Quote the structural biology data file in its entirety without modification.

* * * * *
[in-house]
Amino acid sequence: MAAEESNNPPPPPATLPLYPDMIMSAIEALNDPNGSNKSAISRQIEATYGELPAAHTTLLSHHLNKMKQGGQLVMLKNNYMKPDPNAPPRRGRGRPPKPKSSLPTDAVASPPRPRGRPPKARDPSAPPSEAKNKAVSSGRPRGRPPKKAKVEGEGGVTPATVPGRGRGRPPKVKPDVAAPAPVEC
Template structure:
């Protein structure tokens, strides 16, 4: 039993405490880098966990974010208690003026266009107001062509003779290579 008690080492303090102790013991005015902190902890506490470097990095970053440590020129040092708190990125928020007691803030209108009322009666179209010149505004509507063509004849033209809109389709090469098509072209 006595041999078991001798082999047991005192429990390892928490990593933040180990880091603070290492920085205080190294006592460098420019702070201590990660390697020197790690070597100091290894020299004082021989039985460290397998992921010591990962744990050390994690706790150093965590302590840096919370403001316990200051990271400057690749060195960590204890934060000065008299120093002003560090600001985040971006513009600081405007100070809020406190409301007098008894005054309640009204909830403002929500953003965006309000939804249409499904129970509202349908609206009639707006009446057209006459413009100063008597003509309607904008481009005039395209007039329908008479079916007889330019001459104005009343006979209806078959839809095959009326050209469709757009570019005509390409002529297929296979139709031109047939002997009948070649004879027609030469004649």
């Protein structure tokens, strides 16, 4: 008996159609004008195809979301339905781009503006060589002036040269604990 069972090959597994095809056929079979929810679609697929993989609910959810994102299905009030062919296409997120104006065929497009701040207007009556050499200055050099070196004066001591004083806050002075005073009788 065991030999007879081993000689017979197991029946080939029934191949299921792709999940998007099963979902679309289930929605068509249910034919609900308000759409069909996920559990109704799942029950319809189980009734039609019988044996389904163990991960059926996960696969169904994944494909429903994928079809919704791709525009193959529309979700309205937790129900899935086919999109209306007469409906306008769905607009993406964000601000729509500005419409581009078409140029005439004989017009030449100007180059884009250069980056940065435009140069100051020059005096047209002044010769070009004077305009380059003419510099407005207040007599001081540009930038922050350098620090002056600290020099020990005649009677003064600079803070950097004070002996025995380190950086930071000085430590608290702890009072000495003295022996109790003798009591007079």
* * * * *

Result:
[in-house]
Amino acid sequence: MAAEESNNPPPPPATLPLYPDMIMSAIEALNDPNGSNKSAISRQIEATYGELPAAHTTLLSHHLNKMKQGGQLVMLKNNYMKPDPNAPPRRGRGRPPKPKSSLPTDAVASPPRPRGRPPKARDPSAPPSEAKNKAVSSGRPRGRPPKKAKVEGEGGVTPATVPGRGRGRPPKVKPDVAAPAPVEC
Template structure:
């Protein structure tokens, strides 16, 4: 039993405490880098966990974010208690003026266009107001062509003779290579 008690080492303090102790013991005015902190902890506490470097990095970053440590020129040092708190990125928020007691803030209108009322009666179209010149505004509507063509004849033209809109389709090469098509072209 006595041999078991001798082999047991005192429990390892928490990593933040180990880091603070290492920085205080190294006592460098420019702070201590990660390697020197790690070597100091290894020299004082021989039985460290397998992921010591990962744990050390994690706790150093965590302590840096919370403001316990200051990271400057690749060195960590204890934060000065008299120093002003560090600001985040971006513009600081405007100070809020406190409301007098008894005054309640009204909830403002929500953003965006309000939804249409499904129970509202349908609206009639707006009446057209006459413009100063008597003509309607904008481009005039395209007039329908008479079916007889330019001459104005009343006979209806078959839809095959009326050209469709757009570019005509390409002529297929296979139709031109047939002997009948070649004879027609030469004649």
């Protein structure tokens, strides 16, 4: 008996159609004008195809979301339905781009503006060589002036040269604990 069972090959597994095809056929079979929810679609697929993989609910959810994102299905009030062919296409997120104006065929497009701040207007009556050499200055050099070196004066001591004083806050002075005073009788 065991030999007879081993000689017979197991029946080939029934191949299921792709999940998007099963979902679309289930929605068509249910034919609900308000759409069909996920559990109704799942029950319809189980009734039609019988044996389904163990991960059926996960696969169904994944494909429903994928079809919704791709525009193959529309979700309205937790129900899935086919999109209306007469409906306008769905607009993406964000601000729509500005419409581009078409140029005439004989017009030449100007180059884009250069980056940065435009140069100051020059005096047209002044010769070009004077305009380059003419510099407005207040007599001081540009930038922050350098620090002056600290020099020990005649009677003064600079803070950097004070002996025995380190950086930071000085430590608290702890009072000495003295022996109790003798009591007079």